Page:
|[Date Prev][Date Next][Thread Prev][Thread Next][Date Index][Thread Index]
On 01/09/2012 11:11 AM, Daniel Vetter wrote:
On Mon, Jan 09, 2012 at 10:37:28AM +0100, Thomas Hellstrom wrote:Hi! When TTM was originally written, it was assumed that GPU apertures could address pages directly, and that the CPU could access those pages without explicit synchronization. The process of binding a page to a GPU translation table was a simple one-step operation, and we needed to worry about fragmentation in the GPU aperture only. Now that we "sort of" support DMA memory there are three things I think are missing: 1) We can't gracefully handle coherent DMA OOMs or coherent DMA (Including CMA) memory fragmentation leading to failed allocations. 2) We can't handle dynamic mapping of pages into and out of dma, and corresponding IOMMU space shortage or fragmentation, and CPU synchronization. 3) We have no straightforward way of moving pages between devices. I think a reasonable way to support this is to make binding to a non-fixed (system page based) TTM memory type a two-step binding process, so that a TTM placement consists of (DMA_TYPE, MEMORY_TYPE) instead of only (MEMORY_TYPE). In step 1) the bo is bound to a specific DMA type. These could be for example: (NONE, DYNAMIC, COHERENT, CMA), .... device dependent types could be allowed as well. In this step, we perform dma_sync_for_device, or allocate dma-specific pages maintaining LRU lists so that if we receive a DMA memory allocation OOM, we can unbind bo:s bound to the same DMA type. Standard graphics cards would then, for example, use the NONE DMA type when run on bare metal or COHERENT when run on Xen. A "COHERENT" OOM condition would then lead to eviction of another bo. (Note that DMA eviction might involve data copies and be costly, but still better than failing). Binding with the DYNAMIC memory type would mean that CPU accesses are disallowed, and that user-space CPU page mappings might need to be killed, with a corresponding sync_for_cpu if they are faulted in again (perhaps on a page-by-page basis). Any attempt to bo_kmap() a bo page bound to DYNAMIC DMA mapping should trigger a BUG. In step 2) The bo is bound to the GPU in the same way it's done today. Evicting from DMA will of course also trigger an evict from GPU, but an evict from GPU will not trigger a DMA evict. Making a bo "anonymous" and thus moveable between devices would then mean binding it to the "NONE" DMA type. Comments, suggestions?Well I think we need to solve outstanding issues in the dma_buf framework first. Currently dma_buf isn't really up to par to handle coherency between the cpu and devices and there's also not yet any way to handle dma address space fragmentation/exhaustion. I fear that if you jump ahead with improving the ttm support alone we might end up with something incompatible to the stuff dma_buf eventually will grow, resulting in decent amounts of wasted efforts. Cc'ed a bunch of relevant lists to foster input from people.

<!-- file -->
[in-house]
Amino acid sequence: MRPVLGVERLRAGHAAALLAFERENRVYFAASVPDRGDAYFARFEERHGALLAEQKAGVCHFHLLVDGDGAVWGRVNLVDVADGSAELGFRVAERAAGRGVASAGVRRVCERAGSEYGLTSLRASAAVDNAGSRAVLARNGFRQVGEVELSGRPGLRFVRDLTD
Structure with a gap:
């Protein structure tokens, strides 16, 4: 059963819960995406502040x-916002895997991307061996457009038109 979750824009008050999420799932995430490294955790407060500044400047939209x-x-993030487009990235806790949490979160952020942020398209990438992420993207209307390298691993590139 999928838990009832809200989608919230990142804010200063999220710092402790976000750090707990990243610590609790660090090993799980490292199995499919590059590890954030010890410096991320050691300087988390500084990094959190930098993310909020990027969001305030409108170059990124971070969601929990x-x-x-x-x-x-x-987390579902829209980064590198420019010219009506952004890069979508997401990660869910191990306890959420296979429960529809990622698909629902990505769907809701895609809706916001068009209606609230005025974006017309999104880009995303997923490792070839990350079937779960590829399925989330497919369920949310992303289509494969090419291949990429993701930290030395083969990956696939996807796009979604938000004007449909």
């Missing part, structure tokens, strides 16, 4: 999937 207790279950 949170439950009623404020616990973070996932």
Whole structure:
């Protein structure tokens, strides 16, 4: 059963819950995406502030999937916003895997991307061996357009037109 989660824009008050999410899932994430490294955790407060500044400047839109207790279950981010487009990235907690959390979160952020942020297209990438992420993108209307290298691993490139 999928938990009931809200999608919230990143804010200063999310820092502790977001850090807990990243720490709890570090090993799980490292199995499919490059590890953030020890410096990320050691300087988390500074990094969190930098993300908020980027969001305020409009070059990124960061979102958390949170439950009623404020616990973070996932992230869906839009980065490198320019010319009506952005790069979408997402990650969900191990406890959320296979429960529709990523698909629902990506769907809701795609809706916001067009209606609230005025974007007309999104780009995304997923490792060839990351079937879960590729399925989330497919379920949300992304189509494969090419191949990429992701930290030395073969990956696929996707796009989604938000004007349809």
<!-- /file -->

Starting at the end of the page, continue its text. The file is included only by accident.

Daniel, Thanks for your input. I think this is mostly orthogonal to dma_buf, and really a way to adapt TTM to be DMA-api aware. That's currently done within the TTM backends. CMA was mearly included as an example that might not be relevant.I haven't followed dma_buf that closely lately, but if it's growing from being just a way to share buffer objects between devices to something providing also low-level
allocators with fragmentation prevention, there's definitely an overlap.However, on the dma_buf meeting in Budapest there seemed to be little or no interest in robust buffer allocation / fragmentation prevention although I remember bringing
it up to the point where I felt annoying :).
For a starter you seem to want much more low-level integration with the dma api than existing users commonly need. E.g. if I understand things correctly drivers just call dma_alloc_coherent and the platform/board code then decides whether the device needs a contigious allocation from cma or whether something else is good, too (e.g. vmalloc for the cpu + iommu). Another thing is that I think doing lru eviction in case of dma address space exhaustion (or fragmentation) needs at least awereness of what's going on in the upper layers. iommus are commonly shared between devices and I presume that two ttm drivers sitting behind the same iommu and fighting over it's resources can lead to some hilarious outcomes.
A good point, I didn't think of that.For TTM drivers sharing the same IOMMU it's really possible to make such LRU global,
(assuming IOMMU identity is available to the TTM-aware drivers), but unlessfragmentation prevention the way we use it for graphics drivers (allocate - submit - fence) ends up in the IOMMU space management code, it's impossible to make this scheme system-wide.
Thanks, /Thomas -- To unsubscribe from this list: send the line "unsubscribe linux-media" in the body of a message to majordomo@xxxxxxxxxxxxxxx More majordomo info at http://vger.kernel.org/majordomo-info.html